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[Solved] Strange problems with intersectsMesh()


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Hia guys!

I'm sure ya'll are familiar with the awesome intersection demo here on the PG:

Well, in my own game I'm having massive problems. Mainly, the mesh never collides with another mesh.
I've tried showing bounding boxes to make sure their good, as well as switching between OBB and AABB, and nothing works.
However, if I try checking intersection by itself (mesh.intersectsMesh(mesh)), then it works.
I assumed it may have had to do with scaling or something, so I went and tried to replicate it on the PG.

After trying to replicate it, I found an even stranger problem!
It seems if you create an object after scene initiation, intersections won't work, or something?

But this time, it always intersects with plane, no matter where I place the plane or the sphere! WHAT!?
And I've made it so it waits a tick before it creates it, and have also tried waiting 10 ticks and such, just in case. 

Any ideas? Am I doing something wrong?

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In your second playground, both the if and else are red, but that wasn't the problem. I changed your playground so that it checks for collisions a frame after the objects have been added to the scene:


And it works just fine. It adds the meshes after 120 frames, and it checks for collisions at frame 121. Black is no collision, red is collision.

Maybe that helps

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Does intersectsMesh() works with lines ? And with complex loaded models or it makes a bounding box ?

Does intersectsMesh() works with a box scaled, rotated etc ? (or i have to compute matrix)

Does IntersectsPoint() works fine with a mesh moving fast, good performance ?


I faced some issues.


(Is it a good practice to detect collisions with raycast ?)



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intersectsMesh rely on bounding boxes and bounding spheres, so if your mesh has a BBOX (not sure for lines), it works whatever its origin (loaded or built-in).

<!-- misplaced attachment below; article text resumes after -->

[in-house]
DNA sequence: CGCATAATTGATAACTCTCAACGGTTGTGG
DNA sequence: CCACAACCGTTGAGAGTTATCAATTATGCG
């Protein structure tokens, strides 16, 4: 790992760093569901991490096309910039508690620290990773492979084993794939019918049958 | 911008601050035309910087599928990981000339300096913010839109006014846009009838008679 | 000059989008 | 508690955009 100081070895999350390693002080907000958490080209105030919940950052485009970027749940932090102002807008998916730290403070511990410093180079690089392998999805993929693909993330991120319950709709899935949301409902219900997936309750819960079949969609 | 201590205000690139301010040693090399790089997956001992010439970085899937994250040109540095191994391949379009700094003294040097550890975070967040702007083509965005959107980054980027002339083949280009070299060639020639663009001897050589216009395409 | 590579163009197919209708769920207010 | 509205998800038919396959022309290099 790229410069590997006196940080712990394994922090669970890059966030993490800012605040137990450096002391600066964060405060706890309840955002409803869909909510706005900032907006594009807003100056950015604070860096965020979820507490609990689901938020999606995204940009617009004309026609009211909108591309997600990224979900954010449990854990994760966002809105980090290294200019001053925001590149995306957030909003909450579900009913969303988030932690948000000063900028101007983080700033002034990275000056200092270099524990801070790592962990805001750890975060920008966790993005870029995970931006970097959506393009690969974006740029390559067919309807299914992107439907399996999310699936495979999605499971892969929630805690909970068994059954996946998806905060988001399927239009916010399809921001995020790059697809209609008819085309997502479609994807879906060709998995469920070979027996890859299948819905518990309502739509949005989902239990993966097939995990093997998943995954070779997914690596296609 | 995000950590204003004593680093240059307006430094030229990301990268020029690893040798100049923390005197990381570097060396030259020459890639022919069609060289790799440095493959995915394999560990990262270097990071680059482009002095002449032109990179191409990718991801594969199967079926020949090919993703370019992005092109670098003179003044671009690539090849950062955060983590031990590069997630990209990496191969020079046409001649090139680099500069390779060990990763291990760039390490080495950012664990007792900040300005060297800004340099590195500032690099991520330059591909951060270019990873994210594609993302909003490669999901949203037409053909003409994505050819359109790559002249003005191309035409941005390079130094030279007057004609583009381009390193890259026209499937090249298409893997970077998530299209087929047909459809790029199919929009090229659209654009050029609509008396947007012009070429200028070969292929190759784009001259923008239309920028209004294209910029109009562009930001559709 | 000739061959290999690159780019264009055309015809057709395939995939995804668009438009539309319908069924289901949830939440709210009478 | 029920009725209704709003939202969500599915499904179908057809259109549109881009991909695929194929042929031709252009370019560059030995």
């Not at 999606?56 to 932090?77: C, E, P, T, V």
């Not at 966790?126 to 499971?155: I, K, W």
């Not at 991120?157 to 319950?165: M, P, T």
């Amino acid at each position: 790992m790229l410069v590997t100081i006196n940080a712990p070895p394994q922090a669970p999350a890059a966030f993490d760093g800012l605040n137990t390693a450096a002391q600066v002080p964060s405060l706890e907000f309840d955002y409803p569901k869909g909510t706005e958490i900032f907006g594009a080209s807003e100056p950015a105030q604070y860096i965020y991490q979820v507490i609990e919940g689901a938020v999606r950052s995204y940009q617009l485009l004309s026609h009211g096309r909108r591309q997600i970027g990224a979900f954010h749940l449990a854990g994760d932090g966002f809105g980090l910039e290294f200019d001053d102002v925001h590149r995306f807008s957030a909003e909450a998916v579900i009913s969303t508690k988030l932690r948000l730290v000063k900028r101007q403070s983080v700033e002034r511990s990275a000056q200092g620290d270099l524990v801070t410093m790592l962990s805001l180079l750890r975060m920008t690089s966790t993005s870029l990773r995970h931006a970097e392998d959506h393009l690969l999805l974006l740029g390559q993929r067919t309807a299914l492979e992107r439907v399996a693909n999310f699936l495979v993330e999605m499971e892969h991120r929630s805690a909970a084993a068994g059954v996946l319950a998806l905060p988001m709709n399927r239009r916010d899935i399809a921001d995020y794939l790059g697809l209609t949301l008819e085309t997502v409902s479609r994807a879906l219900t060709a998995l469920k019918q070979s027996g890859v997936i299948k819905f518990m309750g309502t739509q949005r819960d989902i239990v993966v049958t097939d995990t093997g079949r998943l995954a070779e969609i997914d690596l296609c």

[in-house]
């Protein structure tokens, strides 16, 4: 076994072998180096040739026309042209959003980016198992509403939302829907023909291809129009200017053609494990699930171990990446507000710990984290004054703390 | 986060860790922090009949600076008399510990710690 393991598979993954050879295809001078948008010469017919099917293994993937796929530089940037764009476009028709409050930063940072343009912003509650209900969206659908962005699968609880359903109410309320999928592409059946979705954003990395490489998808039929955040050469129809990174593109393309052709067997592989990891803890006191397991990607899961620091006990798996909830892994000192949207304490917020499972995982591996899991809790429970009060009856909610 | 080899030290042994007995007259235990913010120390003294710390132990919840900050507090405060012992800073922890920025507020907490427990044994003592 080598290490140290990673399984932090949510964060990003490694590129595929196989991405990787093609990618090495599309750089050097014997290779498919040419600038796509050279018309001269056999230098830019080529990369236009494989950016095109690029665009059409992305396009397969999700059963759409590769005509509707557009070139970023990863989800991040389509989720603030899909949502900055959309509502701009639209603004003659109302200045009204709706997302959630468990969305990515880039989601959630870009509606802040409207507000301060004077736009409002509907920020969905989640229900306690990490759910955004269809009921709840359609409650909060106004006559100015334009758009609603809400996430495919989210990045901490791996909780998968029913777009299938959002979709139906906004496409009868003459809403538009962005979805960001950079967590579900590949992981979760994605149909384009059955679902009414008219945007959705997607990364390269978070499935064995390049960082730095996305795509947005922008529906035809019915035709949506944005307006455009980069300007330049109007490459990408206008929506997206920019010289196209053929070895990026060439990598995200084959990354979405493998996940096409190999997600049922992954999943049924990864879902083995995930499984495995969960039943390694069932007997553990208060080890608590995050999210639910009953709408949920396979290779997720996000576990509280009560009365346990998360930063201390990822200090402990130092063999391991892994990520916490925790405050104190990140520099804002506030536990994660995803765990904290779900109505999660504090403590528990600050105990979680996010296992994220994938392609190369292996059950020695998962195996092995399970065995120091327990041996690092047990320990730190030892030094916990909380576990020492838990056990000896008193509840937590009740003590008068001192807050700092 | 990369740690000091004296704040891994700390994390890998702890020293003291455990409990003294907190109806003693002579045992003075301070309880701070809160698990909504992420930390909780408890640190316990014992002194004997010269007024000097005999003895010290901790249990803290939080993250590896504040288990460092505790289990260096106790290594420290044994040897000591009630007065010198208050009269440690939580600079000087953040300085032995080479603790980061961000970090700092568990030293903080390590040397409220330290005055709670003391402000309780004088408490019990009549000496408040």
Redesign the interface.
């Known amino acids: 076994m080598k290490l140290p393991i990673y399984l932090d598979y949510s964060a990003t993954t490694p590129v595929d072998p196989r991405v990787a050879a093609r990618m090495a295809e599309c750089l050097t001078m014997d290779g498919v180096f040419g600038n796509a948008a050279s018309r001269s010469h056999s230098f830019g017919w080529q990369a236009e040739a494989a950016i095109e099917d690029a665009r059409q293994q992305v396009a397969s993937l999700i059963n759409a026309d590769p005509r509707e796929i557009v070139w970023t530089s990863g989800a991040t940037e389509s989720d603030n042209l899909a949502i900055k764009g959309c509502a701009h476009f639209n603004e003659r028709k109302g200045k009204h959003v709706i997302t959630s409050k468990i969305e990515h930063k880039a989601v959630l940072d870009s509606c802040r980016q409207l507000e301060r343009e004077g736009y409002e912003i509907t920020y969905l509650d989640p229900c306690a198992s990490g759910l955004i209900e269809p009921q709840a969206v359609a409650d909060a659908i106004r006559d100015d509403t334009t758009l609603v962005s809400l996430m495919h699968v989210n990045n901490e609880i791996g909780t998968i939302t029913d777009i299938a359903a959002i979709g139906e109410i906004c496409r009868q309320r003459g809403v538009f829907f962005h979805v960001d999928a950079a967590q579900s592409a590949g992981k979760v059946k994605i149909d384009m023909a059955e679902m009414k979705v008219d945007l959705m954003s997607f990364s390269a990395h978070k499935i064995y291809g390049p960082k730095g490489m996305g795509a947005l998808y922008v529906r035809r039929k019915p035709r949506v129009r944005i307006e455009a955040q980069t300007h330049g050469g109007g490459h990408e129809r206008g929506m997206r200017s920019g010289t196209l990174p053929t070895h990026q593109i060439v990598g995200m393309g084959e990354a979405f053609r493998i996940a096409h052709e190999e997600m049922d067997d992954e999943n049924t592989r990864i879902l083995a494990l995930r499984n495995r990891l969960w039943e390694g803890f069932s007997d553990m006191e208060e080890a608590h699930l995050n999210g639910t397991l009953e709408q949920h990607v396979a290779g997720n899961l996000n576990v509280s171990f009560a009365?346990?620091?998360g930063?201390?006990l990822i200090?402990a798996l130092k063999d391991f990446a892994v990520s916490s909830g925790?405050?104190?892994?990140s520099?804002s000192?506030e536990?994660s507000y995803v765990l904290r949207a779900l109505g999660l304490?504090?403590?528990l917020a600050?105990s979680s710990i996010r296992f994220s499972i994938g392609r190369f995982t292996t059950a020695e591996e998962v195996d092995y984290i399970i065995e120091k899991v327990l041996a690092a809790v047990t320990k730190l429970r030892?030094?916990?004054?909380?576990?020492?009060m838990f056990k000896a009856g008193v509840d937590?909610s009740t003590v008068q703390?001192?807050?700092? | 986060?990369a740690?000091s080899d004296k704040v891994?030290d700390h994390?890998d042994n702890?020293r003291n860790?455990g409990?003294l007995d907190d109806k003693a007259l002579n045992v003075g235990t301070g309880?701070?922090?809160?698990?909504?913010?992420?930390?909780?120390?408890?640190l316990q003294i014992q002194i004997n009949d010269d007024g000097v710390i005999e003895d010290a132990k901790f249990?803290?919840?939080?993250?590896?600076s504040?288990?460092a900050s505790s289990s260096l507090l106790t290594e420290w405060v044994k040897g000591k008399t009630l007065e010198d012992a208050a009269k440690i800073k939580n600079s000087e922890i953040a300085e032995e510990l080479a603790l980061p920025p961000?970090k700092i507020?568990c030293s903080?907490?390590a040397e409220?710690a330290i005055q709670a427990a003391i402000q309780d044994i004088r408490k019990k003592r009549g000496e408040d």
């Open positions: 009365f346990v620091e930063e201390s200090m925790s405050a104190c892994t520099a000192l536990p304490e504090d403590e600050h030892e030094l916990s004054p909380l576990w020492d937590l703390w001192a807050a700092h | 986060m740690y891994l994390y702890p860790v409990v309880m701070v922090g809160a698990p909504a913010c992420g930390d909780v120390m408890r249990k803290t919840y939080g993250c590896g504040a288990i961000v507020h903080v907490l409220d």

By default, the intersections are computed on axis aligned bounding boxes (AABB) even for scaled meshes, unless you specify you want the precise mode what enables OBB (oriented bounding boxes) computations, then taking in account rotations. In brief, you don't need to compute matrices.

If you need a better accuracy than bounding boxes only, you have to use a physics engine what provides impostor more specific shapes.

No idea about intersectsPoint(), didn't test it up now ...

Generally, raycast computations are far more CPU intensive than BBOX computations.

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Thx for your answer.

Finally the little issue I had with lines collision is simply because the engine takes the position centered of the line and not the points :

var lineShoot = BABYLON.Mesh.CreateLines("lines", [
    new BABYLON.Vector3(2, 8.8, -2),
    new BABYLON.Vector3(2, 8.8, -4)
], scene, false);


For example, here x:2 won't be recognized. It's better to put the points at x:0 and lineShoot.position.x = 2.

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